The above preview is unformatted text

This student written piece of work is one of many that can be found in our GCSE Romeo and Juliet section.

Found what you're looking for?

  • Start learning 29% faster today
  • 150,000+ documents available
  • Just £6.99 a month

Not the one? Search for your essay title...
  • Join over 1.2 million students every month
  • Accelerate your learning by 29%
  • Unlimited access from just £6.99 per month

See related essaysSee related essays

Related GCSE Romeo and Juliet essays

  1. The balcony scene review - Romeo and Juliet.

    Too early seen unknown, and known too late! Prodigious birth of love it is to me, that I must have a loathed enemy.' She has exclamation marks after the first two sentences and she uses more dramatic words than Romeo as she says that she loves her enemy and that


    Subsequent to that Samspon tempts them to take out their swords by saying 'Draw if you be men', the Montague's get tempted into doing so. This again would evoke a lot of tension; the audience would think of sacrilege and violence as connotations to the swords.

  1. Shakespeare: 'Romeo and Juliet' - Discuss the dramatic impact of the balcony scene.

    but kiss they romantically tease and banter with one another through the religious images and metaphors. Juliet tells Romeo who is adamant on kissing her that 'for saints have hands that pilgrims' hands do touch, and palm to palm is holy palmers kiss' she is saying that pilgrims kiss with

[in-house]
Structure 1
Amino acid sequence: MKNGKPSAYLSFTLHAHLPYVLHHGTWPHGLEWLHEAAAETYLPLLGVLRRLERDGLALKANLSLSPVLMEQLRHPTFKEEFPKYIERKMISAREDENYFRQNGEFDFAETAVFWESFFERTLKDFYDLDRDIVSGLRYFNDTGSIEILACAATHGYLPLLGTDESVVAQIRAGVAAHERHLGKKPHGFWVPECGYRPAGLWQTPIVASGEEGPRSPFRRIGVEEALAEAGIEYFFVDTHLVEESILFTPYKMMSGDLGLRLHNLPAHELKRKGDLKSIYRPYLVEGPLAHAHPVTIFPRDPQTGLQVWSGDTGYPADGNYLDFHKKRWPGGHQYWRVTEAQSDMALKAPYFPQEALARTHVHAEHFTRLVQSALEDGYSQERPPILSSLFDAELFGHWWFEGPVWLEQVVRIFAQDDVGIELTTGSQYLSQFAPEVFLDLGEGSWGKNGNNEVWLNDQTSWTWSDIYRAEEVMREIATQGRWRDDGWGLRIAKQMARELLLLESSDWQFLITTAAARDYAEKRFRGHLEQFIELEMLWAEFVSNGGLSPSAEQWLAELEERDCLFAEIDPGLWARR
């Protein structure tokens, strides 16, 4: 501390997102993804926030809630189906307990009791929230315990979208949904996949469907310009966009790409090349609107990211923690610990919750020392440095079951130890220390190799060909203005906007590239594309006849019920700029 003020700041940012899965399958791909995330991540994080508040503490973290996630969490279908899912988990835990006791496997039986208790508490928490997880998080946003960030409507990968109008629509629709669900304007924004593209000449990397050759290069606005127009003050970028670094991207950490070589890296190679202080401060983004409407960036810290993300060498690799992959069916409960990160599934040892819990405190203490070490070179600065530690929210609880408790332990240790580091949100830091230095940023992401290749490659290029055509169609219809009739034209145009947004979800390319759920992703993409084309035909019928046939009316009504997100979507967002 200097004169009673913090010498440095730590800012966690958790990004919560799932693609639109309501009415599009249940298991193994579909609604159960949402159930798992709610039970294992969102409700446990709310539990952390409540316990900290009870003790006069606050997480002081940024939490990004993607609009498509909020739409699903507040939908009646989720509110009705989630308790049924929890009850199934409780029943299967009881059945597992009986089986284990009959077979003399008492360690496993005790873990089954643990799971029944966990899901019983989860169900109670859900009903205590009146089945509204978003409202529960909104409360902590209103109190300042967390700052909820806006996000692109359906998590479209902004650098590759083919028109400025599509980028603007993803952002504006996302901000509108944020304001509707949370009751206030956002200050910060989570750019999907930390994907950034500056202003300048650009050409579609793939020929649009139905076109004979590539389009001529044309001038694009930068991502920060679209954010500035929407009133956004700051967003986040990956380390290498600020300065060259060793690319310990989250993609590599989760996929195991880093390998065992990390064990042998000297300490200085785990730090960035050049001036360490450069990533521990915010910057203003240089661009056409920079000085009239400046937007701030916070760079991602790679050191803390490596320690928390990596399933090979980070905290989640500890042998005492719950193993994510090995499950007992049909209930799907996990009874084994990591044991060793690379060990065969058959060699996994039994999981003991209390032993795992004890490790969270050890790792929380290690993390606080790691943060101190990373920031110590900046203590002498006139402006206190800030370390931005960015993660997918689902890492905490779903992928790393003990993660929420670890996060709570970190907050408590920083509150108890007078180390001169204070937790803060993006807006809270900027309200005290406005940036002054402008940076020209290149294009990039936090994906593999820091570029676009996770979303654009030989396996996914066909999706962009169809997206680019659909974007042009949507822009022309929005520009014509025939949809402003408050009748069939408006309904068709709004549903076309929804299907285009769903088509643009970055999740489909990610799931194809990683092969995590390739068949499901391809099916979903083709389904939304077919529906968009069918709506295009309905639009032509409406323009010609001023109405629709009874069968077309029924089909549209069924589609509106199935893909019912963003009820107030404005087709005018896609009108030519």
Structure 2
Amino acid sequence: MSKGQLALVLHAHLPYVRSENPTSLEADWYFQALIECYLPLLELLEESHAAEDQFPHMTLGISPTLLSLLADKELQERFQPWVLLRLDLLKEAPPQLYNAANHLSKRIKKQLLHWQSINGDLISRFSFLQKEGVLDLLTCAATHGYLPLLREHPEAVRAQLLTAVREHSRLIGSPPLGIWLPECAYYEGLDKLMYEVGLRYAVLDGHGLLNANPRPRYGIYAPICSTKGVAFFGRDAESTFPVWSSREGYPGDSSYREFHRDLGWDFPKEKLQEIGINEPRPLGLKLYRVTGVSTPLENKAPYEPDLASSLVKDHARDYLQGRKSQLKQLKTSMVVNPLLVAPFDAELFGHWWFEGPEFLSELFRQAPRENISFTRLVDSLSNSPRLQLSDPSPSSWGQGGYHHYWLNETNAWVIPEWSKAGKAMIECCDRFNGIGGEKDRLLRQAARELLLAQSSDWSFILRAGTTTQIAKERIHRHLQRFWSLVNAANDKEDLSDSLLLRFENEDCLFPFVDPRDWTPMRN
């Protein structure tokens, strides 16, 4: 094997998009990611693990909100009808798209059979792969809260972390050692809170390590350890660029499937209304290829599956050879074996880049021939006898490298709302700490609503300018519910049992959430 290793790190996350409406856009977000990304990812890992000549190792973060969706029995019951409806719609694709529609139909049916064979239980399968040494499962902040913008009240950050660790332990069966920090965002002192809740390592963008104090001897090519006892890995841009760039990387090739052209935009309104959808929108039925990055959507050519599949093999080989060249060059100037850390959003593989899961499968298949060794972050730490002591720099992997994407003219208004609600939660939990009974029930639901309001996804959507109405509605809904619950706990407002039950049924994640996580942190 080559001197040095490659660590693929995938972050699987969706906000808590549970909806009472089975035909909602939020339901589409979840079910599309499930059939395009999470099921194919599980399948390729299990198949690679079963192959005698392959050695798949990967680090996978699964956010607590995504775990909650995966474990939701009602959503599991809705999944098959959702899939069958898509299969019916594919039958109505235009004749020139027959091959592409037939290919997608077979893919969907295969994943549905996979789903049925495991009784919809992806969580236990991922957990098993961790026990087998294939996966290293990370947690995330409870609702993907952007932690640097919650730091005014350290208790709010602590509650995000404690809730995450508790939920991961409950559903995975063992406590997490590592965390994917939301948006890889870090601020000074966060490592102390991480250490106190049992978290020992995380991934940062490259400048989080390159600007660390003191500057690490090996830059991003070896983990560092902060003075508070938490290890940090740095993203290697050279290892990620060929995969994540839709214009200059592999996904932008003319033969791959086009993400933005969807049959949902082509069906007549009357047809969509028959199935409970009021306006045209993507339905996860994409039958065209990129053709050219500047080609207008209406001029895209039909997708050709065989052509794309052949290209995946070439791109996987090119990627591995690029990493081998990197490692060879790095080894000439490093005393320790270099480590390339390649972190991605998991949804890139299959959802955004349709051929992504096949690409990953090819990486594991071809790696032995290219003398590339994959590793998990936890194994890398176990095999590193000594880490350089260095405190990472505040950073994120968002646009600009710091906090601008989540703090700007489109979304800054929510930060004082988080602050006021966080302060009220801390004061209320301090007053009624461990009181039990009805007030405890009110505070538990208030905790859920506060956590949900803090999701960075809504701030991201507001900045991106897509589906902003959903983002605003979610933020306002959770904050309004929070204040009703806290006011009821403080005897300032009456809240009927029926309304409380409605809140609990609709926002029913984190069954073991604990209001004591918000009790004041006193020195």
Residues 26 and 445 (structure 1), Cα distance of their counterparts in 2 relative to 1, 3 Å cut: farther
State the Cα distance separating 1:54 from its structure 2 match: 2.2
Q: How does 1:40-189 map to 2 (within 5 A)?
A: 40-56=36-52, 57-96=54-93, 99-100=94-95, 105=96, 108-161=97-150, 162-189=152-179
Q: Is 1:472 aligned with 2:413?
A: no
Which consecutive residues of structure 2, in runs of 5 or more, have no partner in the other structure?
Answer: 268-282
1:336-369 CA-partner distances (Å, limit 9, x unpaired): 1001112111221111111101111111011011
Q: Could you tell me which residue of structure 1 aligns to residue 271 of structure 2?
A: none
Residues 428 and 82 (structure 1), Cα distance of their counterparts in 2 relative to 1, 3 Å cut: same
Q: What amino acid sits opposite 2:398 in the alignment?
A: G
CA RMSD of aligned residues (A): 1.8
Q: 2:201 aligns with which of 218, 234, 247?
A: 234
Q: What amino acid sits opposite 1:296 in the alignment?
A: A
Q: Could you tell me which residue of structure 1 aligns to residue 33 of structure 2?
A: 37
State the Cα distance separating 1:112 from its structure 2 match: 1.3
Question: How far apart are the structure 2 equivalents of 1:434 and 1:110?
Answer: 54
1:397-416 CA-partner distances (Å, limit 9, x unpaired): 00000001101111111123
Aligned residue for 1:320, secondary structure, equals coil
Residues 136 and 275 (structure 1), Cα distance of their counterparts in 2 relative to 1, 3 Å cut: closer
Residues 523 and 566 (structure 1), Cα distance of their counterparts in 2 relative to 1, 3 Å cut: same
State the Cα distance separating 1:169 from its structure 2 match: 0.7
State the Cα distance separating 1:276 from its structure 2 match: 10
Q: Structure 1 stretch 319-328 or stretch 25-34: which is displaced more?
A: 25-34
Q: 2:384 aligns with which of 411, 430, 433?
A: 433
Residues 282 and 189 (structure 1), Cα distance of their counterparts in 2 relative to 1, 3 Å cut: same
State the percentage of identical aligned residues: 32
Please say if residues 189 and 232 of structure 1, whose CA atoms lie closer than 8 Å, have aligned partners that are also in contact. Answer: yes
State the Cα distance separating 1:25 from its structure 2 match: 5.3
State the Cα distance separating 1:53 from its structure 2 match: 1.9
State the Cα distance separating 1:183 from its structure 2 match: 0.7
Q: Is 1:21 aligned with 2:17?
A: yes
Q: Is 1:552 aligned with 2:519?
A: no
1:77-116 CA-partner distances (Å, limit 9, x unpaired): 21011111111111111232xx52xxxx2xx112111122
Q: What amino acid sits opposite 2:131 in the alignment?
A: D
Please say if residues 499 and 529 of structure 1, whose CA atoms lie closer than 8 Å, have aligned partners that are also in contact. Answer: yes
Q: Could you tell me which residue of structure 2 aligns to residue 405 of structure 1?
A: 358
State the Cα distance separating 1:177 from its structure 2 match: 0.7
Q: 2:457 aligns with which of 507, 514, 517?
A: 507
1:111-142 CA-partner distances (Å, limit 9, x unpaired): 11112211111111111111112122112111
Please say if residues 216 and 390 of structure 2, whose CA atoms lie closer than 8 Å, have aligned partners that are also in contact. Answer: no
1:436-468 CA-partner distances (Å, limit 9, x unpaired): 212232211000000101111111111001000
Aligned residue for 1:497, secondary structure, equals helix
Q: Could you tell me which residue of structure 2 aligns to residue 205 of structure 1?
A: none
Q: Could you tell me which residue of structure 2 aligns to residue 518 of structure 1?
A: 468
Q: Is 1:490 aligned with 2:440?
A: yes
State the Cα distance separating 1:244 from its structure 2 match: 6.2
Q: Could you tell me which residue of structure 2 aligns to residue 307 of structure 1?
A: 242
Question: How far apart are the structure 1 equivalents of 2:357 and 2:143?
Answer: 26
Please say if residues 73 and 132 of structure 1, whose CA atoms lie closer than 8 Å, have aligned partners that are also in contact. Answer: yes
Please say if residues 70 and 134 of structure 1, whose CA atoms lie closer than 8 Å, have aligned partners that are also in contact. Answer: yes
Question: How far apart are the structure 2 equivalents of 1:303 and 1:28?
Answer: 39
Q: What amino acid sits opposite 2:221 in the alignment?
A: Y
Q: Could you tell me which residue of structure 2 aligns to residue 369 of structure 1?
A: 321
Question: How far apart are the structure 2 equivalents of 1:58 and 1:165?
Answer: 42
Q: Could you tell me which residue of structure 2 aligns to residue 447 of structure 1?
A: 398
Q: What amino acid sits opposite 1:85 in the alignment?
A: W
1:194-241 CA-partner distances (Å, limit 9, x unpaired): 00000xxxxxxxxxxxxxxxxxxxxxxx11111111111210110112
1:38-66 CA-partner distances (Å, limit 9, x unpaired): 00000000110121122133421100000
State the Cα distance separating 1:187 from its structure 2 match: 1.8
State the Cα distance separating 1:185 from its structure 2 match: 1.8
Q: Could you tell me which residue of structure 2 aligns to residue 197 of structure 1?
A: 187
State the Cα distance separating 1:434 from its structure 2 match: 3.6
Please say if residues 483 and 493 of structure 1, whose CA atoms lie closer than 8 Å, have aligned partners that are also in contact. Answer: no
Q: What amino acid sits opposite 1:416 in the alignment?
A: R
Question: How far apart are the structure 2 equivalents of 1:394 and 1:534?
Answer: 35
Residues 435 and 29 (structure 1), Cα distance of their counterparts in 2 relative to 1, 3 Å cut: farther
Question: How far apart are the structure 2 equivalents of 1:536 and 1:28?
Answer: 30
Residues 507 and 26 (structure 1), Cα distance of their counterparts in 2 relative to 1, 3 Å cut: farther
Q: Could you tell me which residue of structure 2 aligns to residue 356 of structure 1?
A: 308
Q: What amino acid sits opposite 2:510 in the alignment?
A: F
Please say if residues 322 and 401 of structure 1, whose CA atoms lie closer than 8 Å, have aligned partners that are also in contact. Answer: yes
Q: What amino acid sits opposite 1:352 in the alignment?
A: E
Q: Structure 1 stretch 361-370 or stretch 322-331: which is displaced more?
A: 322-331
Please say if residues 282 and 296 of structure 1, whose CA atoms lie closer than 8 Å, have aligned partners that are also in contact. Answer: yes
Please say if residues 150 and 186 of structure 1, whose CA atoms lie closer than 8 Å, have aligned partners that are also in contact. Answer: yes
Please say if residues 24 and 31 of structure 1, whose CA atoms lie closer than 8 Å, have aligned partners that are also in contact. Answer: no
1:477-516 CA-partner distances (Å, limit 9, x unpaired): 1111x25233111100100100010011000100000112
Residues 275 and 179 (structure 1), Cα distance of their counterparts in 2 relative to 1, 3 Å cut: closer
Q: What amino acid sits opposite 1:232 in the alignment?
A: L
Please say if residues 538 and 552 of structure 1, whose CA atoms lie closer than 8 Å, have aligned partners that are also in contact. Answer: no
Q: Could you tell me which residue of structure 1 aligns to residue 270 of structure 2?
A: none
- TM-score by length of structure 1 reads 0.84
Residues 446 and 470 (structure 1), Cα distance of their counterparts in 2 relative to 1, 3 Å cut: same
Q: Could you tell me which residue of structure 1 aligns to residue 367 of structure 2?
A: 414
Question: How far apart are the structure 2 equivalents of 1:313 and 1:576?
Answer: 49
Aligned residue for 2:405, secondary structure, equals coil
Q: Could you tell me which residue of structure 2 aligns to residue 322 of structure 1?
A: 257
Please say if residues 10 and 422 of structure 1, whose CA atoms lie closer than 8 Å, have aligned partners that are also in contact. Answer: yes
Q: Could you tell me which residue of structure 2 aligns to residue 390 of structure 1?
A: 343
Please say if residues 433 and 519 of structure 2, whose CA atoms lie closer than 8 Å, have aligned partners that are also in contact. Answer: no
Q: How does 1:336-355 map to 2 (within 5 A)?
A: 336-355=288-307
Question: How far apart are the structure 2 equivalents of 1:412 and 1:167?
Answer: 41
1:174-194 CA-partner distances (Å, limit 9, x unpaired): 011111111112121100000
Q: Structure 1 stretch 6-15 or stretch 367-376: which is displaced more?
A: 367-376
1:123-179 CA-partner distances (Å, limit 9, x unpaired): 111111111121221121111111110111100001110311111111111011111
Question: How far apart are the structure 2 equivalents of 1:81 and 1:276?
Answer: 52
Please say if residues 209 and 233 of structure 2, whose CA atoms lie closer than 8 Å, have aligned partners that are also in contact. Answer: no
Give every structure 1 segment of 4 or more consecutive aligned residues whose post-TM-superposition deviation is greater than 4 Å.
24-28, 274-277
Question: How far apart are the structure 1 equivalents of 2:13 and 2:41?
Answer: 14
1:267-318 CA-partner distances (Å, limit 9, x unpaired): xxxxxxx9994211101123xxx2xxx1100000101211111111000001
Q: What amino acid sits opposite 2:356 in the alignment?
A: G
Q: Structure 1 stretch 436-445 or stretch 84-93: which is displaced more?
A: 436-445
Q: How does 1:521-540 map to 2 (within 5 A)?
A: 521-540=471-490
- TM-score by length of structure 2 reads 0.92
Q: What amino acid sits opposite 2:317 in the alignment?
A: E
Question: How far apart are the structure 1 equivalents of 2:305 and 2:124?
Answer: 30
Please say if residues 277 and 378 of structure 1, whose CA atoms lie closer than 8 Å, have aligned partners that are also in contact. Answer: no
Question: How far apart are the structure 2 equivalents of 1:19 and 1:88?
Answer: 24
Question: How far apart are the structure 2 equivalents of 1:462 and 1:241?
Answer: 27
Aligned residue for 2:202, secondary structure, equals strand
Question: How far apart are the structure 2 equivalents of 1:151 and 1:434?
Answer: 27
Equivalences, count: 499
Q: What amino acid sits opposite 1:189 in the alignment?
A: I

2. The Play By William Shakespeare Romeo And Juliet Could To Be Said To Be ...

    So the stage directions are important in Romeo and Juliet to the reader of the book and the actors that may be acting out the book. In the play Romeo and Juliet there are two main characters who are obviously Romeo Montague and Juliet Capulet, but there are other characters

  1. What roles did the leaders of Veronese Society Play in the deaths of the ...

    Contrarily, Escales is shown to have authority and respect, though it is unclear how much: he must stop the fight "on pain of torture" which suggests force is a primary factor in his rule. His military authority and power, though not exercised, is also shown when he describes the Montagues' and Capulets' weapons as "mistemper'd".

  2. Shakespeare's balcony scene is renowned throughout the world. Given the restrictions of the Globe ...

    It also reminds the audience that their love must be kept secret. Throughout this scene Juliet would be dressed in a simple, white nightdress. White symbolizing purity and reminding the audience that Juliet is young being 'not fourteen"(act1 scene3)

  1. Discuss how Shakespeare creates dramatic tension with particular reference to Juliet an her relationship ...

    It is also quite ironic that Romeo says "Come death, and welcome. Juliet wills it so" because he is basically saying I will die for Juliet, & later on he does actually die for her. Even before you reach the end you know they are going to die because of

  2. With reference to three scenes in the playhow does Romeo's Language and behavior change? ...

    get the impression that he is a withdrawn and reclusive character and that he likes to be alone to think over his troubles. He is secretive and keeps his thoughts to himself. He seems to be very depressed as he shuts himself away in the dark crying and talking to

  • Over 160,000 pieces
    of student written work
  • Annotated by
    experienced teachers
  • Ideas and feedback to
    improve your own work